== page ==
defect

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Defect

Imperfection, flaw, or deficiency.

That which is subject to a defect is missing a requisite element and, therefore, is not legally binding. Defective Service of Process, for example, is service that does not comply with a procedural or jurisdictional requirement. A defective will is one that has not been properly drawn up, has been obtained by unlawful means, or does not comply with a particular law. In some cases, however, defects can be cured; for example, defective service of process can be cured by the service of an amended complaint.

In Product Liability, a defective product is one that cannot be used for the purposes intended or is made dangerous as a result of a flaw or imperfection. Such a defect might exist in the entire design of a product or in the production of a particular individual product. A latent defect is one that is not readily observable by the buyer of an item, whereas a patent defect is obvious or immediately apparent upon observation.

A fatal defect is one that, due to its serious nature, serves to nullify a contract.

defect

n. an imperfection, quite often so great that the machinery or written document cannot be used. A car that will not run or has faulty brakes has a defect, and so does a deed in which a party who signed the deed to give over property did not have title to the property. There are also minor defects, like scratches that only lessen value, but do not make an object useless. (See: defective, defective title)

defect

noun blemish, blot, damage, deficiency, demerit, deviation, drawback, failing, fault, flaw, foible, frailty, impairment, imperfection, inadequacy, incompleteness, incompletion, infirmity, insufficiency, lack, mistake, mutilation, shortcoming, weakness
Associated concepts: actionable defect, concealed defect, cure of defects, dangerous defect, defect appearing upon face of record, defect in description, defect in form, defect in material or workmanship, defect in title, defect of parties, defect of substance, hidden defects, immaterial defects, innerent defect, jurisdictional defect, knowledge of defect, laaent defect, legal defect, material defect, mental defect, obbious defect, open and obvious defect, patent defect, products liability, structural defects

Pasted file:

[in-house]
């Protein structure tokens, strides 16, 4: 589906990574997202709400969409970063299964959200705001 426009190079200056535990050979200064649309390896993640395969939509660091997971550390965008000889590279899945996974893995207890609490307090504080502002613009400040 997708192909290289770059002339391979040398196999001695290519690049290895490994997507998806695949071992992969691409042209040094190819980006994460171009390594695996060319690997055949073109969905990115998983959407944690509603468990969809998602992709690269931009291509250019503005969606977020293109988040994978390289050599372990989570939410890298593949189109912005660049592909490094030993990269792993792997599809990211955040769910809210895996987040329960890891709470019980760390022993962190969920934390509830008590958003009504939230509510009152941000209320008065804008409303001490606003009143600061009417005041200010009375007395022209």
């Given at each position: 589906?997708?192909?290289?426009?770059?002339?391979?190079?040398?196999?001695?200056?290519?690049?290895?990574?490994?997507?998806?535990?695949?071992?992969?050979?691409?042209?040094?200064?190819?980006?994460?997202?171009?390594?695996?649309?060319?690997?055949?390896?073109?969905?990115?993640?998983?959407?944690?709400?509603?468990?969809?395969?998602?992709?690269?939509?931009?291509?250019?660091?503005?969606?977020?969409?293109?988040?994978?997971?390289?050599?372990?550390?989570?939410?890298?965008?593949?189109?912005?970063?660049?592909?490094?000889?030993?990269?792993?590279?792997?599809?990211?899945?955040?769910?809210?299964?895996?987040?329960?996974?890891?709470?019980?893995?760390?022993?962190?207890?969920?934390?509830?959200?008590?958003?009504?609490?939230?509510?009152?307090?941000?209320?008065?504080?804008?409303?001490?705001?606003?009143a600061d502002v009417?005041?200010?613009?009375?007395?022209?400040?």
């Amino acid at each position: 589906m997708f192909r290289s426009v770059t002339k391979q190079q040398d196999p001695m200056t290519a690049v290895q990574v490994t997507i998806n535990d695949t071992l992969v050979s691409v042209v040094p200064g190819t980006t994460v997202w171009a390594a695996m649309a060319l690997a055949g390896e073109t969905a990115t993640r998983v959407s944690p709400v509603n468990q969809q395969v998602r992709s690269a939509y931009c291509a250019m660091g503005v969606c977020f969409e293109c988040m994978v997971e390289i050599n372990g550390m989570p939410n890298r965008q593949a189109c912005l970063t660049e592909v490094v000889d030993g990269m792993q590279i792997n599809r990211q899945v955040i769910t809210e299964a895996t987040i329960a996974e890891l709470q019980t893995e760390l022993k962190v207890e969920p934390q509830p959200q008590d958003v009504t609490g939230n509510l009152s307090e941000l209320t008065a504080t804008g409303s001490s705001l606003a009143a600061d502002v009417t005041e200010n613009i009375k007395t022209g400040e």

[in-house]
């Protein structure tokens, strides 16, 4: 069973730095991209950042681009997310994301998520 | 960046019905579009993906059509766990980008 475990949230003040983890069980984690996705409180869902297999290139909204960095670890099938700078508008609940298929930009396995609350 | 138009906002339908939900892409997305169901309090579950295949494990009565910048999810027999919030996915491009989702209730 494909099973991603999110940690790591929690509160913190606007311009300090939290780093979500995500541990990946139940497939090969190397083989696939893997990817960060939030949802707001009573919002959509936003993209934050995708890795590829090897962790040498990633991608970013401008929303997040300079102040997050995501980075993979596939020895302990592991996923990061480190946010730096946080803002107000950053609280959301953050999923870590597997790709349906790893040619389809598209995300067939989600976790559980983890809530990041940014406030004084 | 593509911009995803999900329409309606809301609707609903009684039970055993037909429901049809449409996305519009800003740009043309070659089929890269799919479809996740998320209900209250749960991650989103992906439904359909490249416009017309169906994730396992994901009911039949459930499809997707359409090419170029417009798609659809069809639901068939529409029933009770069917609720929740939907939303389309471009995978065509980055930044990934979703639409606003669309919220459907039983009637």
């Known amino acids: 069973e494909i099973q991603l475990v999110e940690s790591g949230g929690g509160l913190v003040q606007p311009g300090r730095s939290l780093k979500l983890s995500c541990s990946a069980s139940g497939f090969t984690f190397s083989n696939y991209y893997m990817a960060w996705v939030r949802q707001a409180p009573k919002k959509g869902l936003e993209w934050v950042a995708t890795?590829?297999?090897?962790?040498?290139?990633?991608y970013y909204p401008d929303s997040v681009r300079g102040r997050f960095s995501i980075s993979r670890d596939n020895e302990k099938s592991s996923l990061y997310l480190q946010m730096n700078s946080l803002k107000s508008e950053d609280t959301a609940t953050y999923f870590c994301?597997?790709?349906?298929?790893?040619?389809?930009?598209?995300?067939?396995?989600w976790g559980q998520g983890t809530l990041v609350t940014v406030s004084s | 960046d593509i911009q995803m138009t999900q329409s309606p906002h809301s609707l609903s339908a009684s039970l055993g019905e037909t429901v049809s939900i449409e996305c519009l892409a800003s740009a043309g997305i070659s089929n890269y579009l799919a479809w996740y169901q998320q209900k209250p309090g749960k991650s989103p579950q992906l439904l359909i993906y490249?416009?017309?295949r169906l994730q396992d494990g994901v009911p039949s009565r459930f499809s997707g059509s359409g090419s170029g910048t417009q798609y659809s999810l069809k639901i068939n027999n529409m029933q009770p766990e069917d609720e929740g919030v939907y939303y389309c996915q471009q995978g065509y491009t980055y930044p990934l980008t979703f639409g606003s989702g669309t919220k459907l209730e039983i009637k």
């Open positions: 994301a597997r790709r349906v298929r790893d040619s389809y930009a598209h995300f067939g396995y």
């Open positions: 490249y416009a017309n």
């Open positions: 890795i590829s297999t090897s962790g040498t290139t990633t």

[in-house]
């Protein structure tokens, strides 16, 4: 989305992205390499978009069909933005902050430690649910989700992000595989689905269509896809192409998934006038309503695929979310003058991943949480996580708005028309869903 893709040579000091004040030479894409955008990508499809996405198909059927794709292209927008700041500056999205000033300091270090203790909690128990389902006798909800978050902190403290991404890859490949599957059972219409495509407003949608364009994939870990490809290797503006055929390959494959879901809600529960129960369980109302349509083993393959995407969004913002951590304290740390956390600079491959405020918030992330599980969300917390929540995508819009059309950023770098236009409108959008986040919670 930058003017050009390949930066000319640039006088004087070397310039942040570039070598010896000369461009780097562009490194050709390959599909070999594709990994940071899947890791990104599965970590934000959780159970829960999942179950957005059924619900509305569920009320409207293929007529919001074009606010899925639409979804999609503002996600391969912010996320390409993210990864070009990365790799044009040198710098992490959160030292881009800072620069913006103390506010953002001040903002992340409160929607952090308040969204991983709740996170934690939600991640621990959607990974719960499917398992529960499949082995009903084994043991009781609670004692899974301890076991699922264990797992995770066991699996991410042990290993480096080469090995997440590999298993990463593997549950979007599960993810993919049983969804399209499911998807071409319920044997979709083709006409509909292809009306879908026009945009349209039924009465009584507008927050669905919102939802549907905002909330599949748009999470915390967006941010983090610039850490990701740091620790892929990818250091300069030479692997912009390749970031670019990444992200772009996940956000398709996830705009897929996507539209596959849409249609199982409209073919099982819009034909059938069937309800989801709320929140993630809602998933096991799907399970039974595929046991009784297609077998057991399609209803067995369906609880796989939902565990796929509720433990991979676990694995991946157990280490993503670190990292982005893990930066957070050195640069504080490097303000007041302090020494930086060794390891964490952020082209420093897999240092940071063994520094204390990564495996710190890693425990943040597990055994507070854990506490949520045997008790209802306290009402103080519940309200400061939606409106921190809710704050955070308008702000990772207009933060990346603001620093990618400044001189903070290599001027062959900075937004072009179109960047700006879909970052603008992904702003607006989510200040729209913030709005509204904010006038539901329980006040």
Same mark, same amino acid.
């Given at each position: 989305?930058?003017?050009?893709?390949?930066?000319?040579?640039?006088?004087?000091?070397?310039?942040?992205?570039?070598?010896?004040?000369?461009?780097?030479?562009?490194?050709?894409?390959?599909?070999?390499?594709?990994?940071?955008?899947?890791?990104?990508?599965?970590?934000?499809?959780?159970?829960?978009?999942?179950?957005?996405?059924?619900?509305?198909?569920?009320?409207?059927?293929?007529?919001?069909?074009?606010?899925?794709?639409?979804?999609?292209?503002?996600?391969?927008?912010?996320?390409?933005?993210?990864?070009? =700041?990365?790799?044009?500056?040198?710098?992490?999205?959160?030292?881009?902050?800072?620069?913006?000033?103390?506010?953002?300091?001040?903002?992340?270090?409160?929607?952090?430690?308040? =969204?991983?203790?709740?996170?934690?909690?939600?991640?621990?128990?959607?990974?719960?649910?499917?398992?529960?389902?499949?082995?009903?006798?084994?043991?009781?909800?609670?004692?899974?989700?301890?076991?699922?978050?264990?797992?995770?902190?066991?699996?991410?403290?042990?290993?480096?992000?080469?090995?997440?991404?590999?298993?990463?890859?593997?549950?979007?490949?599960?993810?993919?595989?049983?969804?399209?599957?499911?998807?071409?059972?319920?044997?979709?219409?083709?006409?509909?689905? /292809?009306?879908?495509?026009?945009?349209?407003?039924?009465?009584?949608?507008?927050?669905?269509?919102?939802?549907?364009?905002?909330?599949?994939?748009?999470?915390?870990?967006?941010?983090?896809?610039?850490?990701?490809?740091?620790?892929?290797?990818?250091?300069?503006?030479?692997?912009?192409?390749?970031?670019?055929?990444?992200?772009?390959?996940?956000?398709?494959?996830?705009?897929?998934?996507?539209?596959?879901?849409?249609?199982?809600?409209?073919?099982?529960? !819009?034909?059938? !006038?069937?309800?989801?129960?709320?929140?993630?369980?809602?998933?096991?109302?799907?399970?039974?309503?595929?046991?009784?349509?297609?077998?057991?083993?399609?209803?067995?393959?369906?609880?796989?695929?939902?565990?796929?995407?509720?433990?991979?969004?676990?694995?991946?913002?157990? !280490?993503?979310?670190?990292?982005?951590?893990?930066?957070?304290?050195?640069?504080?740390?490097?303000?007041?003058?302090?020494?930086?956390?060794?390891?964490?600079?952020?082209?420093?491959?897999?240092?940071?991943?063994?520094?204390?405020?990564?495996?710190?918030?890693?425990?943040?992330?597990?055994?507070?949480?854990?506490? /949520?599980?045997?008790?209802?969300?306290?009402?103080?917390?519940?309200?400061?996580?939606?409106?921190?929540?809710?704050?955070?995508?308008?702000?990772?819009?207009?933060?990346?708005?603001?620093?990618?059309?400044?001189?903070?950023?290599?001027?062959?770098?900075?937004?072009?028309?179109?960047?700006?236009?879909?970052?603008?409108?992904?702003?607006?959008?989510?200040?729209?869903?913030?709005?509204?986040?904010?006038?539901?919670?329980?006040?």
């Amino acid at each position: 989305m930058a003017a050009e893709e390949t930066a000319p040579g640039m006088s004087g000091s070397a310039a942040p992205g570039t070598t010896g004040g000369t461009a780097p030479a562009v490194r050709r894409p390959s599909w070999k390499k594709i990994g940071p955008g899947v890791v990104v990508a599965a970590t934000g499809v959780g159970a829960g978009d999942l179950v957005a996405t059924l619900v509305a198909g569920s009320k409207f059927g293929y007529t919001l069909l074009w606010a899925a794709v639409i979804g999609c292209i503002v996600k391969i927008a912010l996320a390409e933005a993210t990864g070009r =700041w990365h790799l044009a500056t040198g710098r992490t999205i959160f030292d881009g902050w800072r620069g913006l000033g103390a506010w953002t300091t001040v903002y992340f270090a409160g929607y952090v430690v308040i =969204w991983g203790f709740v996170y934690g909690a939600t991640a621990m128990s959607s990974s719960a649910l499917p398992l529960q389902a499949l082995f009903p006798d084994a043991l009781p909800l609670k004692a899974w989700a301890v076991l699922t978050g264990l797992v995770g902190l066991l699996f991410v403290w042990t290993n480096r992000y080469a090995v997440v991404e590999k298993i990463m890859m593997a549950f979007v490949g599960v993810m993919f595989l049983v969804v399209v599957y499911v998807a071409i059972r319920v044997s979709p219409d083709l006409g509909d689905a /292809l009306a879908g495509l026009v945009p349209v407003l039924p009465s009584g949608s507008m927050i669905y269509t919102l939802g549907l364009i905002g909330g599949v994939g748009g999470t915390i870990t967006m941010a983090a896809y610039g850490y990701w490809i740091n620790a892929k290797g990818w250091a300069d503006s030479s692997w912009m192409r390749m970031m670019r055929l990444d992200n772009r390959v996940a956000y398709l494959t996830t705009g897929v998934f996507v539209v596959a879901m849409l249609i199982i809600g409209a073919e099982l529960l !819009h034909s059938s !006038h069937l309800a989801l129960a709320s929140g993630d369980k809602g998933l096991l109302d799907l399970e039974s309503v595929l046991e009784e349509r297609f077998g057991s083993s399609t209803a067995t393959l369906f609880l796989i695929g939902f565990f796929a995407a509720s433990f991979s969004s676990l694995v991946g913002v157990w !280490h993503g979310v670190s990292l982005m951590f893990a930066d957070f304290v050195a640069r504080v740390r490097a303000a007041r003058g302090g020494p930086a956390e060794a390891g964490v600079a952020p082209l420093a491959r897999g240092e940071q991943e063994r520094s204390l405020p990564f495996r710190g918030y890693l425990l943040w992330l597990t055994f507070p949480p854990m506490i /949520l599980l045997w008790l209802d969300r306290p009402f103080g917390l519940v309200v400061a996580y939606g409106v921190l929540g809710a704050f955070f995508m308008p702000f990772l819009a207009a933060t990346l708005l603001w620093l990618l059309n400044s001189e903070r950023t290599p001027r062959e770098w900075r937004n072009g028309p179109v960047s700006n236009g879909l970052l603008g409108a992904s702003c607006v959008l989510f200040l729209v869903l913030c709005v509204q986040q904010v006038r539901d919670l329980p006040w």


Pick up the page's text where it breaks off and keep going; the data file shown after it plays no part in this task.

defect

verb abandon allegiance, abdicate, abscond, apostasize, back out, be disloyal, betray, break away, break fealty, break with, cast off, change sides, default, demit, desert, disavow, disobey, disown, forsake, leave, leave unlawfully, mutiny, prove treacherous, quit, rebel, renege, renounce, repudiate, resign, revolt, run away, secede, tergiversate, transfer, violate one's oath, withdraw one's support
See also: abandon, defacement, deficiency, depart, disadvantage, disease, disqualification, drawback, evacuate, fault, flaw, foible, frailty, handicap, leave, part, quit, stigma, vice

defect

in the law of tort or delict, a defect exists if the safety of the product is not such as persons generally are entitled to expect. In terms of the Consumer Protection Act 1987, defect is further explained as involving an examination of all the circumstances, including: the manner in which, and purposes for which, the product has been marketed; its get-up; the use of any mark in relation to the product and any instructions for, or warnings with respect to, doing or refraining from doing anything with or in relation to the product; what might reasonably be expected to be done with or in relation to the product; and the time when the product was supplied by its producer to another. Even if a product is defective, that is not enough to establish liability, particularly in light of the defences available.